§ 11.57 a.m.
§ Lord Glenarthur rose to move, That the draft order laid before the House on 28th November be approved.
§ The noble Lord said: My Lords, I beg to move, that the draft Statutory Sick Pay Up-rating (No. 2) Order 1983 which was laid before the House on 28th November, be approved. The purpose of the order is to raise the rates of statutory sick pay (known as SSP) from 6th April 1984, together with the levels of earnings which determine the rate of SSP which is payable. This fulfils the requirement of Section 7 of the Social Security and Housing Benefits Act 1982 that the value of these amounts be reviewed annually in relation to the general level of prices obtaining in Great Britain. The draft order provides that all the amounts in question are increased to reflect the increase of 5 per cent. in the general index of retail prices during the 12 months up to and including October 1983.405
§ The rates of SSP have been rounded to the nearest 5p, in line with normal social security practice. I can assure your Lordships that this does not cause undue problems for employers in calculating daily rates of payment. Each year, to help them, we include a table of the daily rates of SSP in the contribution tables which are sent to every known employer in the new year.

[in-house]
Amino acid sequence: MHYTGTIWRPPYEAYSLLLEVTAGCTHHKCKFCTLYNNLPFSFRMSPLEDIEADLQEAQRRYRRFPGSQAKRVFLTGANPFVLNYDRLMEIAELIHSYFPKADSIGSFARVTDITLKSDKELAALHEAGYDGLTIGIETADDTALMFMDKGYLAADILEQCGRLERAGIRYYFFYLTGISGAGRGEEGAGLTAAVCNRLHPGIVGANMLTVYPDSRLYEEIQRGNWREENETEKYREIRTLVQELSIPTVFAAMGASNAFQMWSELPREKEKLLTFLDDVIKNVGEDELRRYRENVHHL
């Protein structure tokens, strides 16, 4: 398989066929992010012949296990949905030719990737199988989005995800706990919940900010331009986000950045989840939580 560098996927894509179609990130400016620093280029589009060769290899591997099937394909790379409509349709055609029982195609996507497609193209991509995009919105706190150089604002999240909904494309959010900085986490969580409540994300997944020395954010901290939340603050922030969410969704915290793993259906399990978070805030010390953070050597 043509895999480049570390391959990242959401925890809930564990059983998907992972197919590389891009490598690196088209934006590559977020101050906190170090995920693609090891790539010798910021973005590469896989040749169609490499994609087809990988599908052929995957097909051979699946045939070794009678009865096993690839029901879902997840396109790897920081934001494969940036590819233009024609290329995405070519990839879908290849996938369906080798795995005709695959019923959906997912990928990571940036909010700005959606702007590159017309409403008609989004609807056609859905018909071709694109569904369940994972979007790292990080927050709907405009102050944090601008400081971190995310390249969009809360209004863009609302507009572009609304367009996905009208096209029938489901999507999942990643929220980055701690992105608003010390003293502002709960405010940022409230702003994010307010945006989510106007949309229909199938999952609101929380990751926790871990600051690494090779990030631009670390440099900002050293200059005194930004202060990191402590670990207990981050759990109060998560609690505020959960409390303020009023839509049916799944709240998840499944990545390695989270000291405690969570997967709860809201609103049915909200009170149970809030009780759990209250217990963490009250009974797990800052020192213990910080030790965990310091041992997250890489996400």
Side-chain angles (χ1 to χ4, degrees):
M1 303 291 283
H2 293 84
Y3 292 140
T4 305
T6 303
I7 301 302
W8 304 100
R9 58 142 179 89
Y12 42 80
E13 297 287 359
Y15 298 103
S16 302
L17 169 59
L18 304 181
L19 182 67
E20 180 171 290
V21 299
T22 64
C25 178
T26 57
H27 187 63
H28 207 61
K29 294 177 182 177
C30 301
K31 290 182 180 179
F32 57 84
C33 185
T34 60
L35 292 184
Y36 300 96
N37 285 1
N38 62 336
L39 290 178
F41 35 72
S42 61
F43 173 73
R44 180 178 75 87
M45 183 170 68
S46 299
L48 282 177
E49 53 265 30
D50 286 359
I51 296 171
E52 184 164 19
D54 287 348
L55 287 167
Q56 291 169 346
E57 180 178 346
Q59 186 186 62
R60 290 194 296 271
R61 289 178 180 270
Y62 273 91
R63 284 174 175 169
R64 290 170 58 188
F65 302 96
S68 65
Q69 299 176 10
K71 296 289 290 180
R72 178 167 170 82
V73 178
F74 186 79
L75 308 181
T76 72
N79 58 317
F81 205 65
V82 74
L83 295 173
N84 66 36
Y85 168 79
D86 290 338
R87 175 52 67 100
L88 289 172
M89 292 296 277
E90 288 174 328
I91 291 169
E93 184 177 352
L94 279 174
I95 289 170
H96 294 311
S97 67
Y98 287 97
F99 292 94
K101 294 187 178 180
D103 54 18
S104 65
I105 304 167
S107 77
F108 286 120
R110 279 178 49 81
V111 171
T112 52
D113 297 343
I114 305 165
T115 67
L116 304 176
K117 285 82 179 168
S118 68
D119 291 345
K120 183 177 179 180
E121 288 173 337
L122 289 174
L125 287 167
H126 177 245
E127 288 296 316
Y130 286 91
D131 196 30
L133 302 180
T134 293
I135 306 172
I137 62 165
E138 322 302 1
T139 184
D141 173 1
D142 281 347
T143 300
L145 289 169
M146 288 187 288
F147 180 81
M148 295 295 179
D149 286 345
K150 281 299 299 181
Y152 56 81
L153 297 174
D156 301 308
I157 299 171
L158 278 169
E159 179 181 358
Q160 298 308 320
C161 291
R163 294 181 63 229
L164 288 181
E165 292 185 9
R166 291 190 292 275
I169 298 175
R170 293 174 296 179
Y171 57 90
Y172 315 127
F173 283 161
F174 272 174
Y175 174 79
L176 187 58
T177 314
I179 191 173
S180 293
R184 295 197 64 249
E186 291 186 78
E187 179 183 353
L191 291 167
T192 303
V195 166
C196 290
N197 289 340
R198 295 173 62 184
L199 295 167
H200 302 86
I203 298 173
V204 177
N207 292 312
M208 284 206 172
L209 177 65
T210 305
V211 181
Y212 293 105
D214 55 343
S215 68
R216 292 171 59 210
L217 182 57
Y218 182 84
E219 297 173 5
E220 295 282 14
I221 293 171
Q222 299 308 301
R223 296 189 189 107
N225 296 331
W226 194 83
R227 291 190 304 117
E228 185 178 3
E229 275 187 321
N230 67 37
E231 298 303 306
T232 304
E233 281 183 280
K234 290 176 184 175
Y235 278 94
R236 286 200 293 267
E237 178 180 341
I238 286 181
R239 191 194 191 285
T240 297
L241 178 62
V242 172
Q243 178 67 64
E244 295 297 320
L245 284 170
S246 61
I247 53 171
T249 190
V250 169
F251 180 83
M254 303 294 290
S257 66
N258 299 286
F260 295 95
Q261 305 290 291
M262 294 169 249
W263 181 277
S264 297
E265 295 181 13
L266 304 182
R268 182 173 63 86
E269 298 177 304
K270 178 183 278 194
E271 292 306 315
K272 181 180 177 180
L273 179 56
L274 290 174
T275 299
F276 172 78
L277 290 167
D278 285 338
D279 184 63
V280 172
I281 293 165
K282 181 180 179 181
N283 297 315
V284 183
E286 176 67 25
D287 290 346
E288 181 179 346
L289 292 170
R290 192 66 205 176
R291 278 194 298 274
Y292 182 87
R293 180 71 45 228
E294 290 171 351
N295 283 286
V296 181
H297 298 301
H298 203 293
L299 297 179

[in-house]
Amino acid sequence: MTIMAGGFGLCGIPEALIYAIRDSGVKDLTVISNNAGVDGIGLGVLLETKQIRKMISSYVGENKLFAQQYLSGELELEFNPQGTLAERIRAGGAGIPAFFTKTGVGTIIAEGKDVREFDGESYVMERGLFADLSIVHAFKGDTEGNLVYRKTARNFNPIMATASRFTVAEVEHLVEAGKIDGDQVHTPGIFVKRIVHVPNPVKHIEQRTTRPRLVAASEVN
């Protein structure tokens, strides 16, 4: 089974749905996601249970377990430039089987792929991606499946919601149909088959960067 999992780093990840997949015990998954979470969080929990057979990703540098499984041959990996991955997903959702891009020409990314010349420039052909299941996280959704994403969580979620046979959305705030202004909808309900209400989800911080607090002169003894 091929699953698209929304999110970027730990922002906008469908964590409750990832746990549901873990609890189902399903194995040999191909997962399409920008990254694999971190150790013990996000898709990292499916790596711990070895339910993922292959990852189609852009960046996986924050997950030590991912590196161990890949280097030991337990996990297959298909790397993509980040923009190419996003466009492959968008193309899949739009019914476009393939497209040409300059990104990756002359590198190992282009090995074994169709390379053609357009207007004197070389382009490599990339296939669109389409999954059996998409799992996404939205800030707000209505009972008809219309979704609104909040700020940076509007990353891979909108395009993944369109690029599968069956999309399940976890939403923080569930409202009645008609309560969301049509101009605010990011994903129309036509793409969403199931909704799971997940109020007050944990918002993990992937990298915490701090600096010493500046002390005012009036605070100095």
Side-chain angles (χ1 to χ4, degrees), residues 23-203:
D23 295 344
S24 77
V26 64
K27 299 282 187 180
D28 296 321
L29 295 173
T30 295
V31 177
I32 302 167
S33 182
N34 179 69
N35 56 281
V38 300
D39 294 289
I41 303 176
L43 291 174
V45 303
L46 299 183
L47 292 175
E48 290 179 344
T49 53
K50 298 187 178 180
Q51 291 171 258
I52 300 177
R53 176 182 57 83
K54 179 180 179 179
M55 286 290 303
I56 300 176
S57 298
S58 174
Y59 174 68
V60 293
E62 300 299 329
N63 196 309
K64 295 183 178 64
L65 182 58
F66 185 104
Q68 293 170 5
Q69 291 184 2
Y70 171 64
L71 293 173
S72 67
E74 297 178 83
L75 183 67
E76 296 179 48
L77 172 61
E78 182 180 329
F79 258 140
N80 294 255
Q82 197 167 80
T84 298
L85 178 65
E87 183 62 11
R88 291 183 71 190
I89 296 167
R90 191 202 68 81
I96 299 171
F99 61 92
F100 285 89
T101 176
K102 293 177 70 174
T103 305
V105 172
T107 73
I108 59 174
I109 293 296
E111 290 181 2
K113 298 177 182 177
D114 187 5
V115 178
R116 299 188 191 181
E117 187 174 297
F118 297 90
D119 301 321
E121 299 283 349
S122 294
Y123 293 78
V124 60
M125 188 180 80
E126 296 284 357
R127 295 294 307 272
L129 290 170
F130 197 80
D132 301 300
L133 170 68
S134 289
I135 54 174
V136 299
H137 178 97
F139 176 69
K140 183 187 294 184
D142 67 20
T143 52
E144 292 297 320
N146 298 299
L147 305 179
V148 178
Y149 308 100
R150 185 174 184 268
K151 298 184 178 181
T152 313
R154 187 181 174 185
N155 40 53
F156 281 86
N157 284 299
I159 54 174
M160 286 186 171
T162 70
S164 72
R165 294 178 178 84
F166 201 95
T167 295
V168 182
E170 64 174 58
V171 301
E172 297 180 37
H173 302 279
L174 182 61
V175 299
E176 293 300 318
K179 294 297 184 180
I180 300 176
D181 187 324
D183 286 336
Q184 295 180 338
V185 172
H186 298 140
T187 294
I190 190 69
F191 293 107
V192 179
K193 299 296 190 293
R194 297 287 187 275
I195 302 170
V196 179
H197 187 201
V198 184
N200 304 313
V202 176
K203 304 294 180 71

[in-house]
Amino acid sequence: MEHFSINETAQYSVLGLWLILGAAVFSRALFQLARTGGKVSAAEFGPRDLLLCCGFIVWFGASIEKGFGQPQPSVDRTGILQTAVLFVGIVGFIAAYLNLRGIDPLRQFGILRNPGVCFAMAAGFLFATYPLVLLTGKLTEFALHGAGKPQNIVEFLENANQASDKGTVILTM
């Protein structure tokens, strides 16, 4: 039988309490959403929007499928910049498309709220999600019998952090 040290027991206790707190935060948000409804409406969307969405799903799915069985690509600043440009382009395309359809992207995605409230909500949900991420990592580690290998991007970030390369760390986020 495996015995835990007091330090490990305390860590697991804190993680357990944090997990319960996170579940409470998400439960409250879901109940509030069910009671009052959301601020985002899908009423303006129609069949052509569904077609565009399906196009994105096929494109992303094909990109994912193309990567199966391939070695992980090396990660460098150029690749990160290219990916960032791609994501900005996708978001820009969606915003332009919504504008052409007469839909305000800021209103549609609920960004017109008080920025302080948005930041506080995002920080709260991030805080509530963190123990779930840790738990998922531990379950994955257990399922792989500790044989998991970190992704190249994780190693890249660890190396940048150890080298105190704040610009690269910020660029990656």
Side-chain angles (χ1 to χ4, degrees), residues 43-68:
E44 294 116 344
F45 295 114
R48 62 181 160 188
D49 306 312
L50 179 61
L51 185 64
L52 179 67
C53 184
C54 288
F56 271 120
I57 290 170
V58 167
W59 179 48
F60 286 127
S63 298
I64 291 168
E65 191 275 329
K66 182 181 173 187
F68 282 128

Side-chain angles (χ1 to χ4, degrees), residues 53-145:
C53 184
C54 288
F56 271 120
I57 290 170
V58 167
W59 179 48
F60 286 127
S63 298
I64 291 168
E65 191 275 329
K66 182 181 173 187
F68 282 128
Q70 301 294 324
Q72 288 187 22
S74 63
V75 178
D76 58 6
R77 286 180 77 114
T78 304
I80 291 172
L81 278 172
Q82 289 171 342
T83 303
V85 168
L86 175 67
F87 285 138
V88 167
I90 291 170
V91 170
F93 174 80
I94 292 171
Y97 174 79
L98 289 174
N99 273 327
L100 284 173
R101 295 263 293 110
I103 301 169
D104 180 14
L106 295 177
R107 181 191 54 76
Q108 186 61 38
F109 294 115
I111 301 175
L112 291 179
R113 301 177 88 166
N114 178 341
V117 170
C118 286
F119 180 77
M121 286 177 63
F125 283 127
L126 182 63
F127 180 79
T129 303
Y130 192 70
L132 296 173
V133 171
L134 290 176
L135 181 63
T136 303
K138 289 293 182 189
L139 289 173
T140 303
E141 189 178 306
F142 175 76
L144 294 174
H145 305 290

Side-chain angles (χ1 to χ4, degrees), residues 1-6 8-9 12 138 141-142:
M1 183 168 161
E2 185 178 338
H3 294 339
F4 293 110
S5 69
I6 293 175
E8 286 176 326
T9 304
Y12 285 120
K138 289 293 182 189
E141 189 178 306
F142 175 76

§ The two earnings thresholds which are subject to up-rating by this draft order have been increased by the same 5 per cent. to maintain the same relationship between the SSP rates and the employee's normal earnings as before. The thresholds have been rounded down to the next 50p, in line with practice when setting the lower earnings limit for national insurance contributions. It is that lower earnings limit itself which forms the lowest earnings threshold for SSP, below which no SSP is due. Thus, the effect of the order, if approved by your Lordships, will be that from next April employees who earn £68 or more a week will qualify for SSP at £42.25. Those who earn at least £50.50 but less than £68 will qualify for SSP at £35.45. And those who earn at least £34 (the lower earnings limit from next April) but less than £50.50 will qualify for SSP at £28.55.
§ Your Lordships will wish to know that it remains the Government's intention to increase the SSP rates and earnings levels each April in line with the actual annual increase in prices up to the previous October, subject to taking account of all relevant factors. This timetable is a practical one. It allows time for the proposed figures to be approved by Parliament before inclusion in the contribution tables which are sent to employers in the New Year, and thus enables employers to have reasonable and individual notice of the new rates. The new rates are also included in the up-to-date version of leaflet NI 208 available from my department.